Mental disorders are on the rise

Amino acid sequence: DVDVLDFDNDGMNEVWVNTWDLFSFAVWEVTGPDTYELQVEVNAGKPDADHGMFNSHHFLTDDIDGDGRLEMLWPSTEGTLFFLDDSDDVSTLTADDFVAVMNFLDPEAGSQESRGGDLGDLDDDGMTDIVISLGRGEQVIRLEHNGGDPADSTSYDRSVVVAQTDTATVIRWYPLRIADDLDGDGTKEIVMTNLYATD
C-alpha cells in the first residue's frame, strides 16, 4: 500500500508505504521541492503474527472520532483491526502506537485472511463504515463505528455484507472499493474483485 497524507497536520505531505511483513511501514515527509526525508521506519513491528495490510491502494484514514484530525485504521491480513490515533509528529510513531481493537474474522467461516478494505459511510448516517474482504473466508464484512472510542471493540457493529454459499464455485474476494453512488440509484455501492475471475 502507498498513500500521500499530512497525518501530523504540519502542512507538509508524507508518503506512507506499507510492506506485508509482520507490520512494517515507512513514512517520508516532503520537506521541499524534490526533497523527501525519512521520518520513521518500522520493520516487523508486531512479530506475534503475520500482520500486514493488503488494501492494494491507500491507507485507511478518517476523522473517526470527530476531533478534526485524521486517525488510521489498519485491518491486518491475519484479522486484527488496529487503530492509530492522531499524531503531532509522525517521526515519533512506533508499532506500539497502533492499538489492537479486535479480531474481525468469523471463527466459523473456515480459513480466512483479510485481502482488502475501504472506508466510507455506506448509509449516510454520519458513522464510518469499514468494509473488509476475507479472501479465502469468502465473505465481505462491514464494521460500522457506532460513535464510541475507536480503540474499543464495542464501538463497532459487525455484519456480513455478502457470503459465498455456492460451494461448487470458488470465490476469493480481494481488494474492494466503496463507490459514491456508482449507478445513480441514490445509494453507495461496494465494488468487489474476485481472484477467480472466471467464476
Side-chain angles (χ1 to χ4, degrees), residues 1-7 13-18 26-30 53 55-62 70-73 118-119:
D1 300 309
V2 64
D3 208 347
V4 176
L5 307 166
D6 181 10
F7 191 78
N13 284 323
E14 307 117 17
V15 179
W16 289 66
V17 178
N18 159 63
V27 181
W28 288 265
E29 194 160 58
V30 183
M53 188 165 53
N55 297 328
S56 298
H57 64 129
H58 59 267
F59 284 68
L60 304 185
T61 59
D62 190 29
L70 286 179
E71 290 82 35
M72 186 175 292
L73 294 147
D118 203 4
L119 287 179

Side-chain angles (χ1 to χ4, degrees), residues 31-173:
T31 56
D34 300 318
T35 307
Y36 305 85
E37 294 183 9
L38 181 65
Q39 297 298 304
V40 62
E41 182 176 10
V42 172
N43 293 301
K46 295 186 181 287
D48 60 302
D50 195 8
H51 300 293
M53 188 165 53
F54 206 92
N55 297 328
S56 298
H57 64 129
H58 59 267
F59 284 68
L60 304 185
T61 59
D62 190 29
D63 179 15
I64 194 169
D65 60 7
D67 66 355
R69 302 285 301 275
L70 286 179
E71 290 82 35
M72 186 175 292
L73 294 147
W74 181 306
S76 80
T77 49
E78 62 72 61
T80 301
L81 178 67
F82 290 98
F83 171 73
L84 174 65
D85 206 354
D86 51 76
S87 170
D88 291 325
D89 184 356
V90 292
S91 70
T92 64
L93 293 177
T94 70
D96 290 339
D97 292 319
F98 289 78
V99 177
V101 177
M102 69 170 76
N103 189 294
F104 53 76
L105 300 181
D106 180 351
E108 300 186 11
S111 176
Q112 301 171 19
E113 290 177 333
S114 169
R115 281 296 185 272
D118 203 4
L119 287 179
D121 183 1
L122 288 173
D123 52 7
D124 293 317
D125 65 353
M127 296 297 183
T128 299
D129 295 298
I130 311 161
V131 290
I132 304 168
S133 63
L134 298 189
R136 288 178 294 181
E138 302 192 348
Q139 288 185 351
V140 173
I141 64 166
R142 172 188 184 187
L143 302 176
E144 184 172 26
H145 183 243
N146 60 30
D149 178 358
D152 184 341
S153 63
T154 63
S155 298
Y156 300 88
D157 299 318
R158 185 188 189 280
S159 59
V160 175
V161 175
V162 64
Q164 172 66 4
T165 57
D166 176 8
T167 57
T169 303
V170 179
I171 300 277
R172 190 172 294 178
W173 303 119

Some 450 million people the world over suffer from some form of mental or neurological disorder, with depression, schizophrenia, epilepsy, Alzheimer’s disease, retardation and disorders of childhood and adolescence among the most common. At any given moment, 10 percent of the population may suffer from any kind of psychological, neurological and behavioral disorder, or one in five people examined by primary healthcare doctors. Last month (Wednesday, October 23) saw the official presentation of the Greek edition of the World Health Organization’s (WHO) 2001 report on mental health. Head of the mental health section, Benedetto Saraceno, said that 25 percent of human beings will develop, at some point during their lives, one or more mental or behavioral disorders, while one in four families have at least one member that is a mental patient, with all the consequences that this implies, especially due to the stigma attached and the attendant discrimination. And 30 percent of all applications declaring a person «unfit» (which means forced unemployment) are due to psychological and neurological disorders, with depression foremost among these. Depression, in fact, currently affects 120 million people and will be the second most common affliction in the world in 2020. This disorder’s most tragic outcome is suicide, which claims 1 million people a year, with another 10 to 20 million attempted suicides. The world average for the number of people that attempt to commit suicide annually is 15 per 100,000 – and is as high as 80 in some countries. Fortunately, Greece has a relatively low suicide rate, as opposed to Russia, where suicides are virtually an epidemic. Despite the fact that there are cheap, effective cures for the majority of mental and neurological disorders, most patients in the world lack access to them. For example, 75 percent of epileptics are able to live a totally normal life with treatment, but only 1 percent of patients in Africa have access to it. In the USA, fewer than 30 percent of severely depressed people receive treatment. Mental and behavioral disorders are a heavy burden on the public health system – accounting for some 12 percent of all illnesses worldwide – but mental health budgets in the majority of countries are often less than 1 percent of total health expenditure. At the presentation, Wolfgang Rutz, head of WHO’s regional office for Europe, focused on the variations in psychosocial factors that affect the population’s health in the countries on the continent. He pointed out that in Eastern European countries, which have been undergoing a period of sociopolitical transition over the last decade, the rates of suicide and of stress-related diseases such as cardiovascular diseases have risen sharply. Finally, Minister of Health and Social Welfare Costas Stefanis outlined the changes taking place in the area of mental health in Greece, and the attempt to follow WHO’s guidelines more closely. Specifically, he referred to structures being put in place that will enable the gradual transfer of mental health services from psychiatric hospitals to psychiatric departments in hospitals, mental health centers, and the like. Stress hits children in Greece One in five Greek children suffers from some psychological or behavioral disorder, mostly caused by family stress. More frequent in older children and in urban areas, these afflictions chiefly affect children from poor families or those whose parents have a low educational level. Emeritus Professor of Pediatrics Nikolaos Matsaniotis says that Greek children today are on the receiving end of numerous stress-causing stimuli from the family, school and society, with the result that they develop behavioral and mental disorders that are a growing pediatric problem. According to Matsaniotis, factors giving rise to such disorders are poor or bad communication between parents and children, disparaging a child especially by comparison with others, overdiscipline, absolute freedom (which differs little from emotional neglect), and rewarding the child only when it displays the desired behavior. Moreover, parental behavior aimed at restricting food intake – in order to prevent child obesity – even at the premature age of 5 years old, leads to a negative self-image. Anxiety in children, as in adults, is often made corporeal: Stomach pains, leg aches, headaches and vomiting often are psychosomatic manifestations. In older children, anxiety can take the form of hysteria and manifest itself as hysterical blindness, deafness and paralysis of limbs. In conclusion, Matsaniotis stressed the need for correct postgraduate training of all pediatricians in the area of child mental health.

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